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Lord of Narnia

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  1. Sounds good. The 7mm car you did was excellent. I assume the 1956 bogies had rubber suspension like the 1959/62 tube stock.
  2. From Underground movement by Paul Moss here is a Q27 (ex K) interior which is mirrored from the centre of the car to the driver and guards ends. There should be plenty of photos on the web of the museums Q23 (ex G) interior.
  3. Thanks for this very interesting. I understand that probably a little earlier than 1919 the Met was using reconditioned Jubilee stock in 9 coach formations to fill in for stock shortages. I guess the stock on order was the 1920 batch of Dreadnoughts which allowed more bogie stock to be converted to electric working.
  4. How is the project going? I heard that it has run into difficulties and some locos are to remain diesel?
  5. Is this where the vents above the window can be found. There is a slight overhang on the prototype but it appears to be exaggerated here. It can be filed without too many problems I would imagine. The vents themselves are not modelled so a strip of black lining should do the job here.
  6. I will be painting mine in the refurbished livery. The 1972mk1 stock was subject to several livery trials including the blue doors livery, upper blue panel (a 1967 stock car also also received this in combination with an interior trial) and the red doors livery (which was chosen as the corporate livery). Several mk1 UNDM made spare by the conversion of some units to 1967 stock were also used as an experiment.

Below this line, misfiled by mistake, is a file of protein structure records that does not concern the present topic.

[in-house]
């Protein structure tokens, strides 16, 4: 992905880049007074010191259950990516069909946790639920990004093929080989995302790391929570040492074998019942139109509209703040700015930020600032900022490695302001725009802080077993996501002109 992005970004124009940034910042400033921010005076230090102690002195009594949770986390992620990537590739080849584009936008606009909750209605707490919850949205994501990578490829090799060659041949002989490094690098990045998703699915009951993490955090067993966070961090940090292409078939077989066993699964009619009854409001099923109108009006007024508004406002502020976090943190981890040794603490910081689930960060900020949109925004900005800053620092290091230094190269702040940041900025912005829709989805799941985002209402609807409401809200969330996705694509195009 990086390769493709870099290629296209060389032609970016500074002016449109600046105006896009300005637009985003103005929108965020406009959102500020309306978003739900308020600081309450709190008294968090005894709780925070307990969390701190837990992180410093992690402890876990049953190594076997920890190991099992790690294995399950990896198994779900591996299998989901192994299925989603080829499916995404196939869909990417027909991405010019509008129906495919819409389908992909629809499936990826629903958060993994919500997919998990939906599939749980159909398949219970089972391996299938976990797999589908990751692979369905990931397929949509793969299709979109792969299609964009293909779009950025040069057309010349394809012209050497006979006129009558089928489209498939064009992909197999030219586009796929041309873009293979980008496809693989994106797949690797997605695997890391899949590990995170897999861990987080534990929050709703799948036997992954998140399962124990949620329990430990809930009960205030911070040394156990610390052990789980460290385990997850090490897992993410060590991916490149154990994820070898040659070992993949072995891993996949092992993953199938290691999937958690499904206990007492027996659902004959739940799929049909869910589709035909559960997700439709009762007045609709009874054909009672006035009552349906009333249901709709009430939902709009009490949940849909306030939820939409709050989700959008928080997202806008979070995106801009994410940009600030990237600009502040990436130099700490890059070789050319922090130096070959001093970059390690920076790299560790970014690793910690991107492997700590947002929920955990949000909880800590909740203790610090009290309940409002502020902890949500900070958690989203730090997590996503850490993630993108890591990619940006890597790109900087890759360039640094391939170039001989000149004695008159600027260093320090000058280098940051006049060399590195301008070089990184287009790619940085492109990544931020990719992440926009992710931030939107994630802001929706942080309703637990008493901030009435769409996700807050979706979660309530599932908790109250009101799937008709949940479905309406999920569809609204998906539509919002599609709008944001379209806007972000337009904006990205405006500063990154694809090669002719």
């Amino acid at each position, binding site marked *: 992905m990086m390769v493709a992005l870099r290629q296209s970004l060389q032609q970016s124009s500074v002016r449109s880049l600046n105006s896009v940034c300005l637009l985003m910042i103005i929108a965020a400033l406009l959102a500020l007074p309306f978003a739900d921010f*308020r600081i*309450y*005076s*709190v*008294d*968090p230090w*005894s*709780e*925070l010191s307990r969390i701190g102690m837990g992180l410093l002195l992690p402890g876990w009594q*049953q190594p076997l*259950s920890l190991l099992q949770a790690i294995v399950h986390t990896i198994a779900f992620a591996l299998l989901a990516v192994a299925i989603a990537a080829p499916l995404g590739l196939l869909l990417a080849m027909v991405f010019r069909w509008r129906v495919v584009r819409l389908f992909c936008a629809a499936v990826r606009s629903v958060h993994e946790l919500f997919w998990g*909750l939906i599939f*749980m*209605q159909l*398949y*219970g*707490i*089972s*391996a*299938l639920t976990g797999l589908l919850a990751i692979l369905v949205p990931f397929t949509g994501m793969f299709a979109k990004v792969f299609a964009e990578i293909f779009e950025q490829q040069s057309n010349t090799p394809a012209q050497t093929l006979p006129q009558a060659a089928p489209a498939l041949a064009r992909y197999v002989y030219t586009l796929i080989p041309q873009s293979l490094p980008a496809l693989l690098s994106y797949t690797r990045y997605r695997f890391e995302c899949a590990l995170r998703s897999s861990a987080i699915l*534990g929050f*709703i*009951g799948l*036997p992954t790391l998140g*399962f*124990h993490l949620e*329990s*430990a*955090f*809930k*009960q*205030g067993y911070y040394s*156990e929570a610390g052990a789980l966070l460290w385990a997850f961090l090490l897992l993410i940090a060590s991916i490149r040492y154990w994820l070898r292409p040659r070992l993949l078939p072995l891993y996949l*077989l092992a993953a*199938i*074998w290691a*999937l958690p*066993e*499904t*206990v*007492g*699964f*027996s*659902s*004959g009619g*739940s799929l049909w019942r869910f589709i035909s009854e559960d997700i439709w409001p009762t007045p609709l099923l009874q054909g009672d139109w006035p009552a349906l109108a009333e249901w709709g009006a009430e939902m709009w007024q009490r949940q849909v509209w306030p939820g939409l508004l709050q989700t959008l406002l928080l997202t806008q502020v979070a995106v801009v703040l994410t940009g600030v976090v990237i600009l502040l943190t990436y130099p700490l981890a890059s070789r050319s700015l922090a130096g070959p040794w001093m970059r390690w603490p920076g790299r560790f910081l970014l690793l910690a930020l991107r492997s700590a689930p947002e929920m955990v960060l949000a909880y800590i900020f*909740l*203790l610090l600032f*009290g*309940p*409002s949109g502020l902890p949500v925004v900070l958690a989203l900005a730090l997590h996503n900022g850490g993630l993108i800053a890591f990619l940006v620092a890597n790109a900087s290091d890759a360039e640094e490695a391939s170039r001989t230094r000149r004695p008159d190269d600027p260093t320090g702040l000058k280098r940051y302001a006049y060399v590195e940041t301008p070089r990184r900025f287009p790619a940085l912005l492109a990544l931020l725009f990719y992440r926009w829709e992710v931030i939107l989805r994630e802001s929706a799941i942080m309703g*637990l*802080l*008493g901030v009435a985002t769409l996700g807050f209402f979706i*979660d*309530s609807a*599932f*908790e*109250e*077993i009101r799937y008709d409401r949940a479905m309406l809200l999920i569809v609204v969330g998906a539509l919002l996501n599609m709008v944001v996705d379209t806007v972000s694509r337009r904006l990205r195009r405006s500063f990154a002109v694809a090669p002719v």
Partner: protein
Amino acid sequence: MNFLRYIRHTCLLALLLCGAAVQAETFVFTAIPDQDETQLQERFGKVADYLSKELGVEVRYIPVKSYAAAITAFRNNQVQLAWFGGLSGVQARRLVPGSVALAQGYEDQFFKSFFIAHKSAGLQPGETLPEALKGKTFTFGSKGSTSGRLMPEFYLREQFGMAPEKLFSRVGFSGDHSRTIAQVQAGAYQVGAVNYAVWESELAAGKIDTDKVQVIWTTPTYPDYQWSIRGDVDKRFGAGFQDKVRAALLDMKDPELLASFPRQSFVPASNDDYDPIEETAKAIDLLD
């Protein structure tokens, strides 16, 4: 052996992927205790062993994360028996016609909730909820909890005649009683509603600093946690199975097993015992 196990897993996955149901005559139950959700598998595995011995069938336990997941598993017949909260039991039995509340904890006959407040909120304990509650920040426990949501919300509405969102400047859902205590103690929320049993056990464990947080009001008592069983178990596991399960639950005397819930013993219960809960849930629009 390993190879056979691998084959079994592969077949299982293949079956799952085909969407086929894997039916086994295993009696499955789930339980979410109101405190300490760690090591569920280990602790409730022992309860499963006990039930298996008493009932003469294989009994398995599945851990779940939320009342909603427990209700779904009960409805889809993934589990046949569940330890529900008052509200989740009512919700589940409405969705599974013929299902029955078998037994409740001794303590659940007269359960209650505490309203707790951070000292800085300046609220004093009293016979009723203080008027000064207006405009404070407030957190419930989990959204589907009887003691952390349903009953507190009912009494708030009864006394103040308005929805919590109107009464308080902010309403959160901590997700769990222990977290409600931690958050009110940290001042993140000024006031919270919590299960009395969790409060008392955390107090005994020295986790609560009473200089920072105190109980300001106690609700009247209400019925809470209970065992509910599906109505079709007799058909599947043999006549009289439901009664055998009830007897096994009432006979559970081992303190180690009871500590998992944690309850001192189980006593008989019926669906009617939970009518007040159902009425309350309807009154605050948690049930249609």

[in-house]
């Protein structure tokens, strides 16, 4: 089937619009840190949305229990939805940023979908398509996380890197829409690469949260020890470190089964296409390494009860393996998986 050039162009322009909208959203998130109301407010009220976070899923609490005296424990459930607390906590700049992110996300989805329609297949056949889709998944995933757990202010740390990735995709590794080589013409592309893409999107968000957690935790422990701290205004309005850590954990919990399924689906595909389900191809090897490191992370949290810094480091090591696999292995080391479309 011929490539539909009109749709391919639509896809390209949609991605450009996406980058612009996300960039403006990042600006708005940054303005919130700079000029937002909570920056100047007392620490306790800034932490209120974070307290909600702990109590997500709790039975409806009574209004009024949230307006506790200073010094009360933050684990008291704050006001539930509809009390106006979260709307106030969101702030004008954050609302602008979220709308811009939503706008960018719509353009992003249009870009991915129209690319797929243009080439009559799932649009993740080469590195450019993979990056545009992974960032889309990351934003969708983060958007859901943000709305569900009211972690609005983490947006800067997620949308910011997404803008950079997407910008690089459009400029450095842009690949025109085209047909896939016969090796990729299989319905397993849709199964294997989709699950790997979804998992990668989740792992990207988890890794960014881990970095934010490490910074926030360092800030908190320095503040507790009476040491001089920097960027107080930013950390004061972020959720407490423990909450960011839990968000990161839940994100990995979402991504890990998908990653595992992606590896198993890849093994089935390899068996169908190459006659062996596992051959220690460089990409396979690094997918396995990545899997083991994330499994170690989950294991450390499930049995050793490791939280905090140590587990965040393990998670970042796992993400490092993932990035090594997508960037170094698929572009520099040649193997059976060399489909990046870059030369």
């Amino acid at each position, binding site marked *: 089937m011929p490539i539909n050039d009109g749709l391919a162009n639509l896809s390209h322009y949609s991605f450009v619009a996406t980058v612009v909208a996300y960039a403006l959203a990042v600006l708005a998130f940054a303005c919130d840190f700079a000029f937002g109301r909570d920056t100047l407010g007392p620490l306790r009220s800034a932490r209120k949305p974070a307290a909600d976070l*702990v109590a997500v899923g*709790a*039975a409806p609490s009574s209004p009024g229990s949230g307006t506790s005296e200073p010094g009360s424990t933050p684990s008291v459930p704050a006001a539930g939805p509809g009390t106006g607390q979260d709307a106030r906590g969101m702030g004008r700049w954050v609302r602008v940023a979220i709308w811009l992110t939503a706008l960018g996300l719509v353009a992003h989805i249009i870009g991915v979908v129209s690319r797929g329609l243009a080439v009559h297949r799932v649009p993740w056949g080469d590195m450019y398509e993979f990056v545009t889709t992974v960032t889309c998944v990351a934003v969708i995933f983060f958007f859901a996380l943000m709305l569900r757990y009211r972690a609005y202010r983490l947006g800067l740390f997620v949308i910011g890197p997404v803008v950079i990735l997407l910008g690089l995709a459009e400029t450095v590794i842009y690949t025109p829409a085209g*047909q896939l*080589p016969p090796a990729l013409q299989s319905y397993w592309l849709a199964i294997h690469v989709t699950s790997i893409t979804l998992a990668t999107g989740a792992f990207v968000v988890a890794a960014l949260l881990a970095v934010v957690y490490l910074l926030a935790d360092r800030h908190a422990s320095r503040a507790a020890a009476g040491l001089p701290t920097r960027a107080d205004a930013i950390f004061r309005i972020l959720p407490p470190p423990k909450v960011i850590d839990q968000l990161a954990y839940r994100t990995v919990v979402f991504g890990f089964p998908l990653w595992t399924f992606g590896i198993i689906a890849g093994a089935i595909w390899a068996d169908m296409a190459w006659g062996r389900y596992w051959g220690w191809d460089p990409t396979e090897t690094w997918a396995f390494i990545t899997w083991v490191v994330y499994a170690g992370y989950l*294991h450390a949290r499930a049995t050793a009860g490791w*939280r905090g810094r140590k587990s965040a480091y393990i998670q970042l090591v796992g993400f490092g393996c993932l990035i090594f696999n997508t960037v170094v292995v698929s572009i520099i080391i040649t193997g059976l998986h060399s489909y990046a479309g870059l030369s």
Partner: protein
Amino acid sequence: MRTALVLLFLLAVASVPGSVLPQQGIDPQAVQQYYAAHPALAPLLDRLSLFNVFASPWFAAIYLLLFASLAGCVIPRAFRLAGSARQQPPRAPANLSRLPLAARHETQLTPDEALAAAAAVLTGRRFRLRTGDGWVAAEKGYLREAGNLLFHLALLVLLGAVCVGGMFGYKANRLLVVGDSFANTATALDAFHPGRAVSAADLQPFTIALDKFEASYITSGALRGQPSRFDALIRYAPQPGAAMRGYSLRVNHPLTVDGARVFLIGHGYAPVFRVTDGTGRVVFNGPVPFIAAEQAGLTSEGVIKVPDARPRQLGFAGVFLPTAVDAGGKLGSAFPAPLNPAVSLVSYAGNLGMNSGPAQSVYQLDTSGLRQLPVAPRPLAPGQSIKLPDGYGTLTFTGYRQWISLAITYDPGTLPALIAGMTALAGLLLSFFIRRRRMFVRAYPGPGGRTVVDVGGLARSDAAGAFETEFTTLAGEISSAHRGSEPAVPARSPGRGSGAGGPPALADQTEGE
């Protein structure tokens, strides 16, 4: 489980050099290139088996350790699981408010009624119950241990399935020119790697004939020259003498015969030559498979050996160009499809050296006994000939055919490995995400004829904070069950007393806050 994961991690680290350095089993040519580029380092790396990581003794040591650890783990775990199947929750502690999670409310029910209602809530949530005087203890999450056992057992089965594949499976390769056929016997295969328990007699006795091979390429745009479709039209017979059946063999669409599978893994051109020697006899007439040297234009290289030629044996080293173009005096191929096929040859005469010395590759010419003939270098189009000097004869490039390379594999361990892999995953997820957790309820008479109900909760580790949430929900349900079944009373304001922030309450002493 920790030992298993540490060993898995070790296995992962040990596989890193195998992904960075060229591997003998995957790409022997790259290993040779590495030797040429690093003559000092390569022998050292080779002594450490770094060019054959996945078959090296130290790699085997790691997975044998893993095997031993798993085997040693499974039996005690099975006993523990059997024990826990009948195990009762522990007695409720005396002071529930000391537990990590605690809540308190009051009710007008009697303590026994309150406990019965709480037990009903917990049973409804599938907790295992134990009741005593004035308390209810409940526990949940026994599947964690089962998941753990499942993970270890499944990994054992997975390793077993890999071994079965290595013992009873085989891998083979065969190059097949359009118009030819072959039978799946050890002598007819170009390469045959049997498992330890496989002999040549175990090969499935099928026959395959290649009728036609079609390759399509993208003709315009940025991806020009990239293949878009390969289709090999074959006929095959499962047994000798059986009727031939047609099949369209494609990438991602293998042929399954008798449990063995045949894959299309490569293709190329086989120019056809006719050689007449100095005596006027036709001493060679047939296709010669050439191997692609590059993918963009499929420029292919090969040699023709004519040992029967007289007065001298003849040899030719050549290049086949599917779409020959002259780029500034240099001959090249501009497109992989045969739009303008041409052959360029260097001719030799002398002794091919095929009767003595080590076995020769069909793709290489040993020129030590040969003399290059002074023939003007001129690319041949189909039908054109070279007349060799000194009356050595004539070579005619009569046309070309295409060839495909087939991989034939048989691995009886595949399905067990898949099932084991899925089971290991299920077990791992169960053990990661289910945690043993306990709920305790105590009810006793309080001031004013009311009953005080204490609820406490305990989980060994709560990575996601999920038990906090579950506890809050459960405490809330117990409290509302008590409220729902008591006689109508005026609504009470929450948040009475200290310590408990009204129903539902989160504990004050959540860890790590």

7. I’ve just been sent the first samples of 1967/72 tube stock which will soon be available from Radley Models. They’ve come out really well and the flush glazing seems to fit nicely. I will assemble and paint the first cars over the next few weeks. I shall be making them up as 1972mk2 stock.
  8. These train stops look great. I scratch built one as a test and it’s well worth doing. Not too difficult either. Modern trains have SCAT (speed control after tripping) to automatically limit the train speed after a deliberate tripping in such an instance.
  9. I note that the Hainault - Woodford shuttle has returned for the reasons stated however four car operation cannot start until perhaps March as the 1992 stock 4 car units do not have de-icing equipment! There has also been concerns that the shorter trains may get gapped on entry to Hainault depot on certain roads. This shows the complexity of running shorter trains which sometimes outweigh the rather obvious reasons for them. I remember many years ago now after the last Chesham shuttle ran but when there were still plenty of A stock left it was reinstated for a weekend during engineering works! The bay had to be restored and the conductor rails cleaned. Unit 5092-6092-6093-5093 performed the honours. Strangely unit 5090-6090-6091-5091 had performed the last official shuttle in 2010 before the timetable change! From a modelling point of view there are often opportunities to run shorter trains (apart from the fact it’s your layout and you can do what you want!) in engineering duties. For many years there was a four or five car Rail adhesion train (RAT) of A stock which is now formed of D stock on the Met. The Central line has a 5 and 8 car 1959/62 RAT and even the Piccadilly has two 3 car 1973 stock RATs now!